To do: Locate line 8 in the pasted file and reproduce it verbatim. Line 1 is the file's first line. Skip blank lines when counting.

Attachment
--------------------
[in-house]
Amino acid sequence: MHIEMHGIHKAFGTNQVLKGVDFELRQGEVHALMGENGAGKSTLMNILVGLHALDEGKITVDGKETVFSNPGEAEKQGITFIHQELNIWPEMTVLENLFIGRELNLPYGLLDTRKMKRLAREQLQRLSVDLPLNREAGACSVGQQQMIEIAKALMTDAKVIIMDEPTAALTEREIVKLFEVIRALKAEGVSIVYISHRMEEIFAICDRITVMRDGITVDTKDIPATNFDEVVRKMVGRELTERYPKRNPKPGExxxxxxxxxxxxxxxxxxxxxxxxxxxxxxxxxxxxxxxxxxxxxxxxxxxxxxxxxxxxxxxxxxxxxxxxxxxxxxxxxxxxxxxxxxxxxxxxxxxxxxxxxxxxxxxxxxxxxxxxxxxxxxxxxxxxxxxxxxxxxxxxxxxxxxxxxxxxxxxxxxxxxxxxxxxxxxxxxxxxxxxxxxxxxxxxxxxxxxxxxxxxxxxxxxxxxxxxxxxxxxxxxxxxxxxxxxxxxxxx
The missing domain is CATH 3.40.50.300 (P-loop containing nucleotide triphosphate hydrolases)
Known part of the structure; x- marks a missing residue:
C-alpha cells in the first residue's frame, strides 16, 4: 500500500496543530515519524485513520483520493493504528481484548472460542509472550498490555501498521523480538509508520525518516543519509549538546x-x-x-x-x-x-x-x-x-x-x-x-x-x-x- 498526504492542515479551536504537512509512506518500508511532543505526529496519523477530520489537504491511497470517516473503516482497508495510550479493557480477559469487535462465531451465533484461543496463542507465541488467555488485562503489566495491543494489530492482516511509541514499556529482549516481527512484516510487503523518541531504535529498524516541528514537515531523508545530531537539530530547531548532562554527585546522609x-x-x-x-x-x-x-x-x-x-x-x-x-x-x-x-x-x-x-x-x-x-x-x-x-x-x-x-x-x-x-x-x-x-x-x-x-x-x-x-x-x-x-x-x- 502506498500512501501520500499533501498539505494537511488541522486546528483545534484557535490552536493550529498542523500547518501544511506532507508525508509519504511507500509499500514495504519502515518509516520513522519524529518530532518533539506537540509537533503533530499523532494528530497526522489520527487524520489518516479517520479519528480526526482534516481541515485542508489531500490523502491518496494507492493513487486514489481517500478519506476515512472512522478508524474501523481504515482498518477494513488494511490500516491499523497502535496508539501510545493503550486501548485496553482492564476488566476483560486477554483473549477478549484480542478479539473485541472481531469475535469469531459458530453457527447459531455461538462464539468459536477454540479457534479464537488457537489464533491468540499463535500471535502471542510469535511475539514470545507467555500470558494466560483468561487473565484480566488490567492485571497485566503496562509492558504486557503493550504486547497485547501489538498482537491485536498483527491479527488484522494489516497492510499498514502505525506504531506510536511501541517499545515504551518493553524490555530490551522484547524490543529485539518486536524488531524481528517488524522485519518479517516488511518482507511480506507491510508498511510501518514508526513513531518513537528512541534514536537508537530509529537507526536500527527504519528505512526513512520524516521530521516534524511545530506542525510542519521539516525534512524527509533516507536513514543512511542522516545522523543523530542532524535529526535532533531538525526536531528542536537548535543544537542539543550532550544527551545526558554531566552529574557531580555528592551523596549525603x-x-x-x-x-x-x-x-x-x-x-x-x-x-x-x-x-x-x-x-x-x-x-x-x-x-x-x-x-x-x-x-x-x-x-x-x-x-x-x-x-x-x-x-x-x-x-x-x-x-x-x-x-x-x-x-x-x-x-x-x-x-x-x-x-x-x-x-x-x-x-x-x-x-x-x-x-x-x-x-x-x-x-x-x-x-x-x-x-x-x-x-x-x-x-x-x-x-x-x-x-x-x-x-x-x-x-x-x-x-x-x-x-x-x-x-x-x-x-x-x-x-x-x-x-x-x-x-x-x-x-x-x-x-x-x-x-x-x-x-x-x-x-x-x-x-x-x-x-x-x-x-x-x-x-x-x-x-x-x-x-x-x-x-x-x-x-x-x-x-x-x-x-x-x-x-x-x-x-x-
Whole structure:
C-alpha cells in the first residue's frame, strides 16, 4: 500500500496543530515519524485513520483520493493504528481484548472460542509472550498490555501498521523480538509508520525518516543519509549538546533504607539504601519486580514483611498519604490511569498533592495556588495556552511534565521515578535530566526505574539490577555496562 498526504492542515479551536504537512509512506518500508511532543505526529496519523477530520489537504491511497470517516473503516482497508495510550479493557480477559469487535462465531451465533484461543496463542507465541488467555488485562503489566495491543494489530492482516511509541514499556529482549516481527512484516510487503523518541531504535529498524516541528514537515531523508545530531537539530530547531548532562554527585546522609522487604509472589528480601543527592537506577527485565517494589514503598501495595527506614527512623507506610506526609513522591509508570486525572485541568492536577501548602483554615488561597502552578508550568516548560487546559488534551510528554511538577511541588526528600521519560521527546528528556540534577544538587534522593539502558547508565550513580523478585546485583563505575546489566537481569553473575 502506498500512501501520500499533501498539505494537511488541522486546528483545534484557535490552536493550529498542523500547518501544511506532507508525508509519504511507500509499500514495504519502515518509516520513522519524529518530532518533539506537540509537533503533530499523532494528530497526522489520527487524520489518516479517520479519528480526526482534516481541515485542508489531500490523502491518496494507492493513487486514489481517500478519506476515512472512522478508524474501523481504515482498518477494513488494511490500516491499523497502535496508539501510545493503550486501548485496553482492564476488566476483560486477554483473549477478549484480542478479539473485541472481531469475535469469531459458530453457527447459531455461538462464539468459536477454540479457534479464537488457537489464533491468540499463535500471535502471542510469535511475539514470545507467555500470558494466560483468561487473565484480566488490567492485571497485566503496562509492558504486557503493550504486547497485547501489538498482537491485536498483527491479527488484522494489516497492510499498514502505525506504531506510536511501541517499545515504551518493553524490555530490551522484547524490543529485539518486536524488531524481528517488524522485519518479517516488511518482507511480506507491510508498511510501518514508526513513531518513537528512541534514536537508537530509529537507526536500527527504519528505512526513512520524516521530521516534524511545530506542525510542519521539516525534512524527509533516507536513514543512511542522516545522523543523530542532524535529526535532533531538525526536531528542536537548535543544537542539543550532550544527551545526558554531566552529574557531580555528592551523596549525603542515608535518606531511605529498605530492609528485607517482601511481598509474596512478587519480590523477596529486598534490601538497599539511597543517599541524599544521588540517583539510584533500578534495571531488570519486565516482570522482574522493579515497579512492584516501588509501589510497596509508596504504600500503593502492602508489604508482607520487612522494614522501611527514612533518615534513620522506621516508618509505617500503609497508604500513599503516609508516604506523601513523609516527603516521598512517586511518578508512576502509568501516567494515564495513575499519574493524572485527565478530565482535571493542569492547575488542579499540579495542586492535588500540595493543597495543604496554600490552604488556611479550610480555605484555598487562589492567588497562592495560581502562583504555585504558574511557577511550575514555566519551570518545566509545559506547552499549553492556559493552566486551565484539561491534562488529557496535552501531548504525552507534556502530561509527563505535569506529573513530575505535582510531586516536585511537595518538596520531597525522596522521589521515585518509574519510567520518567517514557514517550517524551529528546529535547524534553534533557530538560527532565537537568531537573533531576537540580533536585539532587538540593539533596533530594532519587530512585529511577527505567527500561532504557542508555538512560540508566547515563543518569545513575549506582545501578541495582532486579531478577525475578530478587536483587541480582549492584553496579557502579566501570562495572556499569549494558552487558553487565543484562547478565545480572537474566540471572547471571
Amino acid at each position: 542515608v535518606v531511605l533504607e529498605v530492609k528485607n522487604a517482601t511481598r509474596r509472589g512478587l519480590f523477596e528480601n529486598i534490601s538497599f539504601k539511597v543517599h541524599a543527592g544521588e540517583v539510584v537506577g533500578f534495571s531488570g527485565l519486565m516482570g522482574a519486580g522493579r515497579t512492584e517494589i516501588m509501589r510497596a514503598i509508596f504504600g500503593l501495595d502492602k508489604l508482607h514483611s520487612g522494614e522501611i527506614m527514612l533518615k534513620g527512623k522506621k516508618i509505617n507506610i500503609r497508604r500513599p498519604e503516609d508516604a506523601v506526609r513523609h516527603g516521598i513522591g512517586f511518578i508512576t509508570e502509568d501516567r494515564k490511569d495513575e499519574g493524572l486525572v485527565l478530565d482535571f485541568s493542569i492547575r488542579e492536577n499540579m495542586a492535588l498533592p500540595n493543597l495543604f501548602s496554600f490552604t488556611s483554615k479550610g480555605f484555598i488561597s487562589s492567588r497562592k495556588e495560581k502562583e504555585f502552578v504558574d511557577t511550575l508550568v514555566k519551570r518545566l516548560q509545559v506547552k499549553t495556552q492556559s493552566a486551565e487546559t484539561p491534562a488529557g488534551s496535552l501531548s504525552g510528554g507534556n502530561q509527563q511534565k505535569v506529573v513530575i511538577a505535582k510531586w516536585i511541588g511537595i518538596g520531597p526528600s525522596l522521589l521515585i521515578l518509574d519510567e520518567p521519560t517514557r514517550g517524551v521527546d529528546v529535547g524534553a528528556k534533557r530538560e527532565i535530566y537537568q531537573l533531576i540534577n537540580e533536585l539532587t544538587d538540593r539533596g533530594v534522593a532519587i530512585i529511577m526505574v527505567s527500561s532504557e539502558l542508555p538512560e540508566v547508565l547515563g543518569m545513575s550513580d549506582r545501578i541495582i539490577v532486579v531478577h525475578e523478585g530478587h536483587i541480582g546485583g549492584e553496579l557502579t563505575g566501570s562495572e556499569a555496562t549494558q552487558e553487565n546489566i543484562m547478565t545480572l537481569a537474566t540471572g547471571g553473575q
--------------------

Amino acid at each position: 542515608v535518606v531511605l533504607e529498605v530492609k528485607n522487604a517482601t511481598r509474596r509472589g512478587l519480590f523477596e528480601n529486598i534490601s538497599f539504601k539511597v543517599h541524599a543527592g544521588e540517583v539510584v537506577g533500578f534495571s531488570g527485565l519486565m516482570g522482574a519486580g522493579r515497579t512492584e517494589i516501588m509501589r510497596a514503598i509508596f504504600g500503593l501495595d502492602k508489604l508482607h514483611s520487612g522494614e522501611i527506614m527514612l533518615k534513620g527512623k522506621k516508618i509505617n507506610i500503609r497508604r500513599p498519604e503516609d508516604a506523601v506526609r513523609h516527603g516521598i513522591g512517586f511518578i508512576t509508570e502509568d501516567r494515564k490511569d495513575e499519574g493524572l486525572v485527565l478530565d482535571f485541568s493542569i492547575r488542579e492536577n499540579m495542586a492535588l498533592p500540595n493543597l495543604f501548602s496554600f490552604t488556611s483554615k479550610g480555605f484555598i488561597s487562589s492567588r497562592k495556588e495560581k502562583e504555585f502552578v504558574d511557577t511550575l508550568v514555566k519551570r518545566l516548560q509545559v506547552k499549553t495556552q492556559s493552566a486551565e487546559t484539561p491534562a488529557g488534551s496535552l501531548s504525552g510528554g507534556n502530561q509527563q511534565k505535569v506529573v513530575i511538577a505535582k510531586w516536585i511541588g511537595i518538596g520531597p526528600s525522596l522521589l521515585i521515578l518509574d519510567e520518567p521519560t517514557r514517550g517524551v521527546d529528546v529535547g524534553a528528556k534533557r530538560e527532565i535530566y537537568q531537573l533531576i540534577n537540580e533536585l539532587t544538587d538540593r539533596g533530594v534522593a532519587i530512585i529511577m526505574v527505567s527500561s532504557e539502558l542508555p538512560e540508566v547508565l547515563g543518569m545513575s550513580d549506582r545501578i541495582i539490577v532486579v531478577h525475578e523478585g530478587h536483587i541480582g546485583g549492584e553496579l557502579t563505575g566501570s562495572e556499569a555496562t549494558q552487558e553487565n546489566i543484562m547478565t545480572l537481569a537474566t540471572g547471571g553473575q